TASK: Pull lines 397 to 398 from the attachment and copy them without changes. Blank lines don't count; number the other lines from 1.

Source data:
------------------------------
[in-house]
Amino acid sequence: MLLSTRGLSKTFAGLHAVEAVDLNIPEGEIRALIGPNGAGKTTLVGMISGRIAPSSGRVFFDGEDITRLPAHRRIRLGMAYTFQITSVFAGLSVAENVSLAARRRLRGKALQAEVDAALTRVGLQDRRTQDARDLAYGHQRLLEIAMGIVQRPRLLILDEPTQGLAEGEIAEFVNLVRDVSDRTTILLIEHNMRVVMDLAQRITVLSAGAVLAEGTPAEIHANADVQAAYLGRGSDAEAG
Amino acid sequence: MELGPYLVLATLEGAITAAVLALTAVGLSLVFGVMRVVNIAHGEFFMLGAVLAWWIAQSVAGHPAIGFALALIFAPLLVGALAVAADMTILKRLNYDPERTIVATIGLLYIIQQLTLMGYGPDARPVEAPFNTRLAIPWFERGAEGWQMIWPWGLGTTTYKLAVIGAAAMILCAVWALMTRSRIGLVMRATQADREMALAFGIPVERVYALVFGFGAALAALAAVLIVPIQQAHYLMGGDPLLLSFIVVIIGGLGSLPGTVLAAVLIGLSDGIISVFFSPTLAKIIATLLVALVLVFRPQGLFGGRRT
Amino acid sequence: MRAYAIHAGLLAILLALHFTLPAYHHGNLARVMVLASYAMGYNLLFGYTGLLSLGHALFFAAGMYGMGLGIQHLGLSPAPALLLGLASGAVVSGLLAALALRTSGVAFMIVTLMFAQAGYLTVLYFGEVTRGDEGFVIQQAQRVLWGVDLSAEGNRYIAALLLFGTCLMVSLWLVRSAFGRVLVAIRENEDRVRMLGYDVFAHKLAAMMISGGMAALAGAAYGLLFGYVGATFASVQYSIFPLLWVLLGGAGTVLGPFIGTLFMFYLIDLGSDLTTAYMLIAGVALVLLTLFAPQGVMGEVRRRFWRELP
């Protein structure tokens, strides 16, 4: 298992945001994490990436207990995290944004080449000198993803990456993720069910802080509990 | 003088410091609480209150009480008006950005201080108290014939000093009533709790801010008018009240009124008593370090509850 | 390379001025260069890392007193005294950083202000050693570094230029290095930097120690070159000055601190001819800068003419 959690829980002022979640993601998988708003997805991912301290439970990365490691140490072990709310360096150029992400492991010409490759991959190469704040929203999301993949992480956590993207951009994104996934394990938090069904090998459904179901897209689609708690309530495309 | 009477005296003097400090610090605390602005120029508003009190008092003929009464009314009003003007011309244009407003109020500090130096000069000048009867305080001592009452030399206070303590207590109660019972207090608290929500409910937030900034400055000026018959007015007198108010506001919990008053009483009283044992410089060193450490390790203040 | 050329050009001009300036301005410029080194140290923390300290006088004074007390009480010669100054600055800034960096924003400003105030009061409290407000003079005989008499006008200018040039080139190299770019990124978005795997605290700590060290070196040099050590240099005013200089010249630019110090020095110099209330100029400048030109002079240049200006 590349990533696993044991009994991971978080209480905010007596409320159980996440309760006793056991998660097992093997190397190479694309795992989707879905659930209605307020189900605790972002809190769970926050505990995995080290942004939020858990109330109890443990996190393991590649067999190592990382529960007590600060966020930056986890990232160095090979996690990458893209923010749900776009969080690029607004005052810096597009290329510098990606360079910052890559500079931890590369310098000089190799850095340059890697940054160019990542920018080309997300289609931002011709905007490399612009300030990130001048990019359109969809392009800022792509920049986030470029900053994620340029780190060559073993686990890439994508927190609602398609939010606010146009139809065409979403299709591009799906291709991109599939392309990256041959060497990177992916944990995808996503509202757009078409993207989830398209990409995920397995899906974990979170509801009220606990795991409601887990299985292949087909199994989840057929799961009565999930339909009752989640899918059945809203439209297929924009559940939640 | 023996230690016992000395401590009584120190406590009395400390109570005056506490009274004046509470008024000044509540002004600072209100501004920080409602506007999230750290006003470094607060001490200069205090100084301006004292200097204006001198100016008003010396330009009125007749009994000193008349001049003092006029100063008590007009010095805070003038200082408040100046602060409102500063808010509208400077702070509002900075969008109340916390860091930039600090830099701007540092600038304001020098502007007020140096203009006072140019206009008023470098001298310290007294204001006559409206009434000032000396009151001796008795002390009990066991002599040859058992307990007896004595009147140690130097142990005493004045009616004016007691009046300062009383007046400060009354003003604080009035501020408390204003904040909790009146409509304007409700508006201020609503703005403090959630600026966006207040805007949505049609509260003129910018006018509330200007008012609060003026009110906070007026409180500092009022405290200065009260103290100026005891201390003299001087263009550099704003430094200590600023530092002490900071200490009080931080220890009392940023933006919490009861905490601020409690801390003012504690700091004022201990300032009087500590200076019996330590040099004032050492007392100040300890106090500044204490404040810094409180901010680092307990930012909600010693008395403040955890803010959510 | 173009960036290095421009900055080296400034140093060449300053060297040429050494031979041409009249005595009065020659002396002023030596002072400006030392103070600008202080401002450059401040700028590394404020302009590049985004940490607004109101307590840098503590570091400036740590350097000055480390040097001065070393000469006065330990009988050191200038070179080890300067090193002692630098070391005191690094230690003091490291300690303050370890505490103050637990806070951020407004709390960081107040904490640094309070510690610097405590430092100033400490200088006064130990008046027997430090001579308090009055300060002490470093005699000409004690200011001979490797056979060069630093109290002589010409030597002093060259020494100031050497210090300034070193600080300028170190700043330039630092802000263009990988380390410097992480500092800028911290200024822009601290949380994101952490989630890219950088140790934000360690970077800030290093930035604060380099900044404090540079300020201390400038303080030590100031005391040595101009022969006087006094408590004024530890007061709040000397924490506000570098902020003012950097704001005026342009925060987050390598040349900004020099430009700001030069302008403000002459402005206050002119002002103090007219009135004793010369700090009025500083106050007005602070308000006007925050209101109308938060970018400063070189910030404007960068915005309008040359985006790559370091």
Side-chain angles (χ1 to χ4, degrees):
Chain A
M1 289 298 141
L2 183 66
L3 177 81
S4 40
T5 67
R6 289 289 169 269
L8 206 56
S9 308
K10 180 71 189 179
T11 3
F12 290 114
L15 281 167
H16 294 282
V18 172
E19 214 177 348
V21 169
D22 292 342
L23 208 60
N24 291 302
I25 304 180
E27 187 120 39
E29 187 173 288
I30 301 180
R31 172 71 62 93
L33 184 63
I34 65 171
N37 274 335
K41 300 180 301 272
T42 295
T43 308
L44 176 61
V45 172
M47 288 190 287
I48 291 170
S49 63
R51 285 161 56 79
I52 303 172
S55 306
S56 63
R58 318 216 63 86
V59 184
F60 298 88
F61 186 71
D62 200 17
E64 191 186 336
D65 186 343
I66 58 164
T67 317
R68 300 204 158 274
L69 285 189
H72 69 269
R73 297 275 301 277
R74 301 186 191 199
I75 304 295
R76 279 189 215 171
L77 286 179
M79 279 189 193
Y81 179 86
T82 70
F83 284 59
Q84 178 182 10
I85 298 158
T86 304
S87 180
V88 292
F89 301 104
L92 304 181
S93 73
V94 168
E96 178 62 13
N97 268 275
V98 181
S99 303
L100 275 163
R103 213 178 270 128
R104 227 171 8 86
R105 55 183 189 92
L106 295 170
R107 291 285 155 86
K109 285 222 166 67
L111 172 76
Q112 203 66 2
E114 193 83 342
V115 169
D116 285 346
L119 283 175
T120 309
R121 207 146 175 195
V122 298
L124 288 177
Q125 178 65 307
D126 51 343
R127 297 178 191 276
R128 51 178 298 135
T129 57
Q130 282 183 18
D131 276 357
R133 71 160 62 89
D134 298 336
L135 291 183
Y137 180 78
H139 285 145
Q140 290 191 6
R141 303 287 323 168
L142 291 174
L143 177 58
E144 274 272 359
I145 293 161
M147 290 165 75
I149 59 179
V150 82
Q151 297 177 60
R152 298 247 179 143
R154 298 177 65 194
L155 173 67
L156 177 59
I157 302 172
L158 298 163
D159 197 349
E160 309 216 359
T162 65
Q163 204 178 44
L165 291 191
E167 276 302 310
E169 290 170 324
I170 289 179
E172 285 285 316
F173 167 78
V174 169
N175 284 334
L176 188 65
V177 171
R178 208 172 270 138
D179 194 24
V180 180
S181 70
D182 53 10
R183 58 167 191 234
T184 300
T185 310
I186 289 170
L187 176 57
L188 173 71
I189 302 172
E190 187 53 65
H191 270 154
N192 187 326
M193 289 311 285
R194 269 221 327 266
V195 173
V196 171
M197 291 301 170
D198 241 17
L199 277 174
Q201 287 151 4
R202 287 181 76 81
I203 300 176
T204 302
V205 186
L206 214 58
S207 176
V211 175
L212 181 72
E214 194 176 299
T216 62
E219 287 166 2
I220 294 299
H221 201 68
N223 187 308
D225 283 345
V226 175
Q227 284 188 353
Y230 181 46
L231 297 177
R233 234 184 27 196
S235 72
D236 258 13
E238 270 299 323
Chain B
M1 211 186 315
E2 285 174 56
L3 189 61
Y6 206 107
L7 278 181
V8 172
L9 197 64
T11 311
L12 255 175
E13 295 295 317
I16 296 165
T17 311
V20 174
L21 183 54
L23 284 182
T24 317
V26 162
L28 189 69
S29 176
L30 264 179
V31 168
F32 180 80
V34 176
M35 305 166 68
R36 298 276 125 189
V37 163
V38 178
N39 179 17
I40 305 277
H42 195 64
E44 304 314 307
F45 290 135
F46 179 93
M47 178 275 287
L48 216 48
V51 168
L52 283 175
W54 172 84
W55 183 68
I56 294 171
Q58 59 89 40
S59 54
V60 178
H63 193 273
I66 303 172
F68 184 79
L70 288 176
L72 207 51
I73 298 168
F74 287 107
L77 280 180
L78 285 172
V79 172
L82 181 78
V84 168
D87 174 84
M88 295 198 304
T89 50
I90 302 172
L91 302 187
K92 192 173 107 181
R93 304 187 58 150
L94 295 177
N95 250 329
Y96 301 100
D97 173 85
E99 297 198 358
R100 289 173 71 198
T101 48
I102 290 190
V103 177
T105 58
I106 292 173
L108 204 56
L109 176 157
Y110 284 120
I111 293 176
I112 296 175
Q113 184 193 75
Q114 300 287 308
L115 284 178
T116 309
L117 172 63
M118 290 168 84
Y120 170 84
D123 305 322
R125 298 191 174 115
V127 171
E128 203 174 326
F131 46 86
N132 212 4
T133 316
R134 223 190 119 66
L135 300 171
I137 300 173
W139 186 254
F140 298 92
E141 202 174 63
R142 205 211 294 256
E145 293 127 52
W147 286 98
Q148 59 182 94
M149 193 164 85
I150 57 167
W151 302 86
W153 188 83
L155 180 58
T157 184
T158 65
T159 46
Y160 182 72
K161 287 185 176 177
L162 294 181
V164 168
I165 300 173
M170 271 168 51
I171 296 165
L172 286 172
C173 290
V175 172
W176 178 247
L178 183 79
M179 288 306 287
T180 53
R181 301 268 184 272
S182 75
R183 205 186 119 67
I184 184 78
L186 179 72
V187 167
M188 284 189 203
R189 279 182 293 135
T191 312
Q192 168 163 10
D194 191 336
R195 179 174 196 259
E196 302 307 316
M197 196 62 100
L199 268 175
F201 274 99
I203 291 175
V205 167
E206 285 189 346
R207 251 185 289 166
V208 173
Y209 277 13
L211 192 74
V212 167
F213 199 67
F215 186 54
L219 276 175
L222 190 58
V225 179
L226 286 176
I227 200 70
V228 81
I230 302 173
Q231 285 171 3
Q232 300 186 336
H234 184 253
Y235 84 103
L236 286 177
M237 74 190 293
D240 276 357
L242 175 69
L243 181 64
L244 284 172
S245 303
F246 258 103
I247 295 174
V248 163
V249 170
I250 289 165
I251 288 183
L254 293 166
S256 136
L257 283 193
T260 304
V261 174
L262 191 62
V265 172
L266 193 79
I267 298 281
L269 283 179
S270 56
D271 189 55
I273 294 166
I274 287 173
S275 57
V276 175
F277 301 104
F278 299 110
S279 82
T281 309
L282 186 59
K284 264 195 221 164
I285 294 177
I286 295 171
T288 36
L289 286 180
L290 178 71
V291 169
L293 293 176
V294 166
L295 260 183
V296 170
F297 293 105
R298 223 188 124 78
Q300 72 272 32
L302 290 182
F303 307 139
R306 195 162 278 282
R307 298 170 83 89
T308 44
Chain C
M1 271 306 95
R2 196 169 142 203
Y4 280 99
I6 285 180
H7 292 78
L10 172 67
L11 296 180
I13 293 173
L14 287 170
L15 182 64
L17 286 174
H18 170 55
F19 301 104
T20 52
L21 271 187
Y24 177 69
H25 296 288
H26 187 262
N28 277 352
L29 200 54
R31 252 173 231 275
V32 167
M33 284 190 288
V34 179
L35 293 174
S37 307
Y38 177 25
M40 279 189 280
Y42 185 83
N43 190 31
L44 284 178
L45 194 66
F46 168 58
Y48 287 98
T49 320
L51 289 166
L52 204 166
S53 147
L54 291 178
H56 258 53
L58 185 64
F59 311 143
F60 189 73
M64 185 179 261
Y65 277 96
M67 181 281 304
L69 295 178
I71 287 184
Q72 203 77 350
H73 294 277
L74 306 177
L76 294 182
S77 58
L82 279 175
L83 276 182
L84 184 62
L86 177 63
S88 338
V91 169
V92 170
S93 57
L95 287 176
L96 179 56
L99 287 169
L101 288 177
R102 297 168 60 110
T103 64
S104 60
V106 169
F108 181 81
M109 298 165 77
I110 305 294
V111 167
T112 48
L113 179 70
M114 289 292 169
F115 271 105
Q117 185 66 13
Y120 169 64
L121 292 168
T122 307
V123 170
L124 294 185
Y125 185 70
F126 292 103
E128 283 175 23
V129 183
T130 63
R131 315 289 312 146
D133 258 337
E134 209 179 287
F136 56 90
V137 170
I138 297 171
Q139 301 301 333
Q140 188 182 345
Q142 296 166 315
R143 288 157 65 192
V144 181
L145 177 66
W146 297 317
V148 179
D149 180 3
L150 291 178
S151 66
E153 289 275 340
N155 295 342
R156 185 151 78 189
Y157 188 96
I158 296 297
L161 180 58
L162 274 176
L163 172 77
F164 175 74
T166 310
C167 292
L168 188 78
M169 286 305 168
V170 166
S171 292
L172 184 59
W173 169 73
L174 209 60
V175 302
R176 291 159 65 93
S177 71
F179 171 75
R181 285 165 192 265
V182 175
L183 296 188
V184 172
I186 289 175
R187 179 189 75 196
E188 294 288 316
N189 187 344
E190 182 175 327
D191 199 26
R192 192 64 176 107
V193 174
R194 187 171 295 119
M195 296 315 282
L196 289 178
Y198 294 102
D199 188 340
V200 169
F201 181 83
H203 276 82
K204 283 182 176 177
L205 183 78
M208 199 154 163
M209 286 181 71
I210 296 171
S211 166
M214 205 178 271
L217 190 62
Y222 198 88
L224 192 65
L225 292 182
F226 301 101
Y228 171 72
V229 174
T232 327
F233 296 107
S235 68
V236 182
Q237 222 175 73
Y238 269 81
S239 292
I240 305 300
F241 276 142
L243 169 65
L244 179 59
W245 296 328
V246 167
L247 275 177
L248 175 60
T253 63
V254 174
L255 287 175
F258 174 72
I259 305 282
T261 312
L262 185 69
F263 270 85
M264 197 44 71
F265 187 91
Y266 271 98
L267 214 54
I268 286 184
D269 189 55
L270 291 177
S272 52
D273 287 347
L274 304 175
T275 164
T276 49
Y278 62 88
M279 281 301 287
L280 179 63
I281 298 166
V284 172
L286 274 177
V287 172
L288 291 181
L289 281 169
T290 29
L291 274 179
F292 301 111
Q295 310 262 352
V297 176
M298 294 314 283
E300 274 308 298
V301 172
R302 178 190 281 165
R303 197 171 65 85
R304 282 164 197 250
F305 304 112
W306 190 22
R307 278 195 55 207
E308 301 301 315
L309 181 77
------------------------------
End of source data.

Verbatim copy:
F303 307 139
R306 195 162 278 282